'Timelapse' by Oliver Laric
In his work, Oliver Laric approaches form as a process of continuous change and variable content. While he has previously explored the phenomena of metamorphosis, the expansion of time and the interconnection between human and non-human animals, he focuses in his new video on transformations in living organisms that often elude the human eye. More than 100 years ago, scientists developed 'time-lapse' films to represent the micromovements of plants, animals and cells in an accelerated manner. Laric now reuses the technique to digitally visualise how a process of growth, decay and decomposition manifests itself in a morbid ecosystem.
‘Untitled’ sketches a fictitious world populated by bacteria, people, crustaceans, insects with exoskeletons, fungi, and swampy plants. They mutate and move against a white background as if observed through an electron microscope. Using a 3D modelling technique, Oliver Laric carefully sculpts each scene before rendering it. In the animated figures, he brings matter to life as a brooding substance. In the form of a metallic slurry, it churns under the skin of every static and moving specimen. Meanwhile, transformations and life cycles are compressed into compact time units or make surprising jumps. Oliver Laric creates rhythm amongst them via sharp cuts and jerky movements like in stop-motion animation. A soundtrack by Ville Haimla, a composer with whom Laric regularly collaborates, helps shape the atmosphere and reinforces the rhythm.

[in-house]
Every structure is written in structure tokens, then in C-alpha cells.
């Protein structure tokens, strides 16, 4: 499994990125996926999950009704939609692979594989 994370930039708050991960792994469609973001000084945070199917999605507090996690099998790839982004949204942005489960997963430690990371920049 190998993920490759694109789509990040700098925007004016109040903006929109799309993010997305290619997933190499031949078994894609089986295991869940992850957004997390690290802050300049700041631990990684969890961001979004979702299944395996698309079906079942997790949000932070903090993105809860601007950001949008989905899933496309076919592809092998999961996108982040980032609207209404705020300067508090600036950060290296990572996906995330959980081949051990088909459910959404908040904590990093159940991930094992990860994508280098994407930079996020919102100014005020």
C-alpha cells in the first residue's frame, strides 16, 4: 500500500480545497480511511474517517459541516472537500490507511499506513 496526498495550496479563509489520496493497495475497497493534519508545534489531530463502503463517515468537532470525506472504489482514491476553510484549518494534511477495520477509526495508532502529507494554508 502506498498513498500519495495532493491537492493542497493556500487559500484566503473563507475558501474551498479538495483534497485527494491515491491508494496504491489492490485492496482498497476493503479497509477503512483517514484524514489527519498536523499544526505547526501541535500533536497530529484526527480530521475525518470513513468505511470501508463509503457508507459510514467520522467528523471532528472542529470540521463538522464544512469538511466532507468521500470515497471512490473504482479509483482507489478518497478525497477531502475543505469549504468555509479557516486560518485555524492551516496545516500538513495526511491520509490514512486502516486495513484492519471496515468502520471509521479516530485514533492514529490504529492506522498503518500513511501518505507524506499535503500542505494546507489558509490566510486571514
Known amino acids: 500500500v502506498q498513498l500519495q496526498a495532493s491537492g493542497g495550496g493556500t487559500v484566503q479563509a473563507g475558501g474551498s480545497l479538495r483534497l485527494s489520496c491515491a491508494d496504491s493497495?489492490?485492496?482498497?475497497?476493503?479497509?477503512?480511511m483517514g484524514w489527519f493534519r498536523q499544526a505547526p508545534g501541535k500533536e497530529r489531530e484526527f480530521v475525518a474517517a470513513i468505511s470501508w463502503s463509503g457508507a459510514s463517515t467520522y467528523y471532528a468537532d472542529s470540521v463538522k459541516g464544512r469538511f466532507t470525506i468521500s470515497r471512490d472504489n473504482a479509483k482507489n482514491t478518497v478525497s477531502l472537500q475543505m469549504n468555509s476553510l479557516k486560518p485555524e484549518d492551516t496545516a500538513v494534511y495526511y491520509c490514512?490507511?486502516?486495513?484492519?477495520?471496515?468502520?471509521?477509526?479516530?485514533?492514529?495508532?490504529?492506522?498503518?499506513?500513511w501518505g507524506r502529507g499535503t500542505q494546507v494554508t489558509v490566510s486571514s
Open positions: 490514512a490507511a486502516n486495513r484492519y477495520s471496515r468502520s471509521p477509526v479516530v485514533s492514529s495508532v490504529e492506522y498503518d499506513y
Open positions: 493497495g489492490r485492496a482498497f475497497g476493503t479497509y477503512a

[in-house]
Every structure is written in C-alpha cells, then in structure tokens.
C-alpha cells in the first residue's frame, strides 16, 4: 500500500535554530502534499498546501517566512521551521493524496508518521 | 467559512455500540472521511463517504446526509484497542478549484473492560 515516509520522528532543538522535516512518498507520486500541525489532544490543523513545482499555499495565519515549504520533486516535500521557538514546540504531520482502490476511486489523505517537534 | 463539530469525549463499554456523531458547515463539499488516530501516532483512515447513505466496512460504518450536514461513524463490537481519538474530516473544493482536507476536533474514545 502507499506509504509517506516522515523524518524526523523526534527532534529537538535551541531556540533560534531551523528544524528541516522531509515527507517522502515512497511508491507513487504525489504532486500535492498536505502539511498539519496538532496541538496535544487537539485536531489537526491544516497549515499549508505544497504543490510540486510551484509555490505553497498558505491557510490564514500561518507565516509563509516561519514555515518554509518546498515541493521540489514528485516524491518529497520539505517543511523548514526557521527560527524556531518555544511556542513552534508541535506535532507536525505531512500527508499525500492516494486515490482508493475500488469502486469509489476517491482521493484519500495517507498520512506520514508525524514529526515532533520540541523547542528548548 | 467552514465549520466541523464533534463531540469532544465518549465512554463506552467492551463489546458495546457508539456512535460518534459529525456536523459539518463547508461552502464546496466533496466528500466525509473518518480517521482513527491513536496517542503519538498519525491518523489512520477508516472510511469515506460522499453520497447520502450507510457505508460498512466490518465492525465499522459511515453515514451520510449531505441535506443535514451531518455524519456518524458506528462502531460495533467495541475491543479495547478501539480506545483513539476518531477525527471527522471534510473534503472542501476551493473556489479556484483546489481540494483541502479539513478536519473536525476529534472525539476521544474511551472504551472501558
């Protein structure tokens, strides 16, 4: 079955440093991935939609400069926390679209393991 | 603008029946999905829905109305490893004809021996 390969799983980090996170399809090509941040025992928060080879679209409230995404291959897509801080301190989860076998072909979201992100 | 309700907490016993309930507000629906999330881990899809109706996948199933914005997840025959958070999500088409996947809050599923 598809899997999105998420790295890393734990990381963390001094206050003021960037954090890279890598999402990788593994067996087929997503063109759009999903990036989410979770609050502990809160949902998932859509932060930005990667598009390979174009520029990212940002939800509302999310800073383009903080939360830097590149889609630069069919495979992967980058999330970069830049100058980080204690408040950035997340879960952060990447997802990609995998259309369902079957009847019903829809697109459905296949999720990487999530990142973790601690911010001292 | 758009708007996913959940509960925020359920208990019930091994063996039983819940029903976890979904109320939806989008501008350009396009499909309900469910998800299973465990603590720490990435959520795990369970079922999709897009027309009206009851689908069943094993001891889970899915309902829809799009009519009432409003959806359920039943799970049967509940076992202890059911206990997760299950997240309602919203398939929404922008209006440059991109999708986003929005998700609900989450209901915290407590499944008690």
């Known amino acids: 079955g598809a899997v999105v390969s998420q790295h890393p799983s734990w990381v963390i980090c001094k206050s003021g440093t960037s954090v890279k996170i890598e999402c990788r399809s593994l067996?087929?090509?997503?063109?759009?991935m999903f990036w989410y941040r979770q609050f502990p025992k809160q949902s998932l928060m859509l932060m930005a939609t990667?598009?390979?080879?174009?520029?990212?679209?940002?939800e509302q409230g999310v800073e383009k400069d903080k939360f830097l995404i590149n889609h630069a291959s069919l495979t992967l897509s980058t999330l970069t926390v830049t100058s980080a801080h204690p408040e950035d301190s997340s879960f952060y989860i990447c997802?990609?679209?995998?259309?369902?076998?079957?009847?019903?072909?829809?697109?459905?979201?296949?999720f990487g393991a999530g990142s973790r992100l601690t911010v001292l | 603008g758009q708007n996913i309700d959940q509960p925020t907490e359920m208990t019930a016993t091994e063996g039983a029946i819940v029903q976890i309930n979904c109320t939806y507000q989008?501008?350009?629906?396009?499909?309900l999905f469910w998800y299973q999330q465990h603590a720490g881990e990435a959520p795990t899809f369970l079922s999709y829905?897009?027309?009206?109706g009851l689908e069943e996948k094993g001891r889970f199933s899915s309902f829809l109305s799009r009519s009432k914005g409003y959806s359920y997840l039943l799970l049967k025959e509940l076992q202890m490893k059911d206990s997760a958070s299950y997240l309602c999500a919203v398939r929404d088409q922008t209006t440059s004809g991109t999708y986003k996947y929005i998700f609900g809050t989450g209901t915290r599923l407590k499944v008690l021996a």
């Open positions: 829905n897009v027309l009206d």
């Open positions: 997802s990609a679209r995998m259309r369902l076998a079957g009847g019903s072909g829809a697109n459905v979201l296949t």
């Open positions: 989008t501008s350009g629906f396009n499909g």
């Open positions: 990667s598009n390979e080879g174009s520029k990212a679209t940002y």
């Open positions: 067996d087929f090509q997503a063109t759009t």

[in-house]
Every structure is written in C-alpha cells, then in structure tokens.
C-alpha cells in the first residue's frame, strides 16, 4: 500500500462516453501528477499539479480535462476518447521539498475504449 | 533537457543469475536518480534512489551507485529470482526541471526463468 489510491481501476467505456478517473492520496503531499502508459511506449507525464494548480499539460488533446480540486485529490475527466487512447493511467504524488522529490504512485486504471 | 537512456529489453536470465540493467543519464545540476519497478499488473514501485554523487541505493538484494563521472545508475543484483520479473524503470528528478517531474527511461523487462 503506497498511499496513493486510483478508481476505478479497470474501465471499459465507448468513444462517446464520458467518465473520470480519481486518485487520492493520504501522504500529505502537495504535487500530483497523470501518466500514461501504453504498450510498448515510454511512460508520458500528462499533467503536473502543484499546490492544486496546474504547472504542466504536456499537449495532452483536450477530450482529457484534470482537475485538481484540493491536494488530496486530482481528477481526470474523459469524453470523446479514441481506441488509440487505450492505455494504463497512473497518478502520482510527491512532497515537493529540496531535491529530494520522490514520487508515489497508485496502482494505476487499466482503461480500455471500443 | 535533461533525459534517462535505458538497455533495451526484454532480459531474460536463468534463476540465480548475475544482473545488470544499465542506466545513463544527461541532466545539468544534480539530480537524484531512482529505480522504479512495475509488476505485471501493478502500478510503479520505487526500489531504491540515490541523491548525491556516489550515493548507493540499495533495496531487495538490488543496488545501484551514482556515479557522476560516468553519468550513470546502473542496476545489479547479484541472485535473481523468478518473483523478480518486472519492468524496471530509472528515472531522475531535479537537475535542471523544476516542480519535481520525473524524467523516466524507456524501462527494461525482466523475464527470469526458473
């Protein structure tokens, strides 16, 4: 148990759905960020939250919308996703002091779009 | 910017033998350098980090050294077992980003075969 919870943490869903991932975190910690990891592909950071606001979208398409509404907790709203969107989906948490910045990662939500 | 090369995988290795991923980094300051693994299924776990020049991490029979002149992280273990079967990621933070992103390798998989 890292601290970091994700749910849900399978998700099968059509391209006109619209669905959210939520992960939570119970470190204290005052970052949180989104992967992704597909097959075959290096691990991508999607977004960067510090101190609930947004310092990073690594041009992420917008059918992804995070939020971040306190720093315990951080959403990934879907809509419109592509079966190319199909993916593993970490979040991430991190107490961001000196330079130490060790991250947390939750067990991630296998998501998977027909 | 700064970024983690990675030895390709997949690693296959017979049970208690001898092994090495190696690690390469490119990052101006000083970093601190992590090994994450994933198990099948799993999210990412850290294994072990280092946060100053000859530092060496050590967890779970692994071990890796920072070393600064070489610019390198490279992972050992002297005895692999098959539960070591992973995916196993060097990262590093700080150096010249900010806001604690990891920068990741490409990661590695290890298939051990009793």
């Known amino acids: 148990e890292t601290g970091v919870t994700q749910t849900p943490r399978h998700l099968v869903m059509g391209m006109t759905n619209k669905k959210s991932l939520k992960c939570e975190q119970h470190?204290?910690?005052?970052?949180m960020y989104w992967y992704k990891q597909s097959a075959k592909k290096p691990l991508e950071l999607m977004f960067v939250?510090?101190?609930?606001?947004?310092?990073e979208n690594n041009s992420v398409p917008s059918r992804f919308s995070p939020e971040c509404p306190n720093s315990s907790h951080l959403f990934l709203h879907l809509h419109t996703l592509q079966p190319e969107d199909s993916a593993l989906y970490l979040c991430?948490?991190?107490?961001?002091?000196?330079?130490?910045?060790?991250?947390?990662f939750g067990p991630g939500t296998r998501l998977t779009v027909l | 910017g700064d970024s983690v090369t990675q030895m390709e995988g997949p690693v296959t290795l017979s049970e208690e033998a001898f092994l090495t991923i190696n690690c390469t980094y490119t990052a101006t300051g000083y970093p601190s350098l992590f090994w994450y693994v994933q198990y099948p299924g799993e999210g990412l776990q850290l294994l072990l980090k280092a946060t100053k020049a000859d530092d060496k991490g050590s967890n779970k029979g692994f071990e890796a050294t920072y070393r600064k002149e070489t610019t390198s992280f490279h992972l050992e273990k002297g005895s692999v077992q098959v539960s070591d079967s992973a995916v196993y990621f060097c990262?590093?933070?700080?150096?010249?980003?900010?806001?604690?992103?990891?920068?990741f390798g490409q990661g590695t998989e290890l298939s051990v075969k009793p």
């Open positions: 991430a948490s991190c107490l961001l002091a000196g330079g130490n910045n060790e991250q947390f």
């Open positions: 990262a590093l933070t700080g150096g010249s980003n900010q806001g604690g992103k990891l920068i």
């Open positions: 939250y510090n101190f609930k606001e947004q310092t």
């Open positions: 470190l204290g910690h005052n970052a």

In two mirrored cabinets, Oliver Laric shows two versions of three sculptures that represent a special relation between human- and animal-like species. His works are based on digital models of existing artworks that he found in European museum collections. Unlike their predecessors in marble and plaster, the sculptures are light and sometimes perforated. They are 3D-printed in several parts, composed of different mixes of contemporary materials, assembled and placed on thin metal frames. Their specific position in the space reveals more than their mere resemblance. It emphasises first and foremost a bond: a mutual affinity between species but also an affective dependence on each other.
The new video ‘Untitled’ (2021) was commissioned by S.M.A.K. It forms the final part of a trilogy that also includes ‘Betweenness’ (2018) and ‘Untitled’ (2015).
With the collaboration of the Österreichisches Kulturforum Brüssel.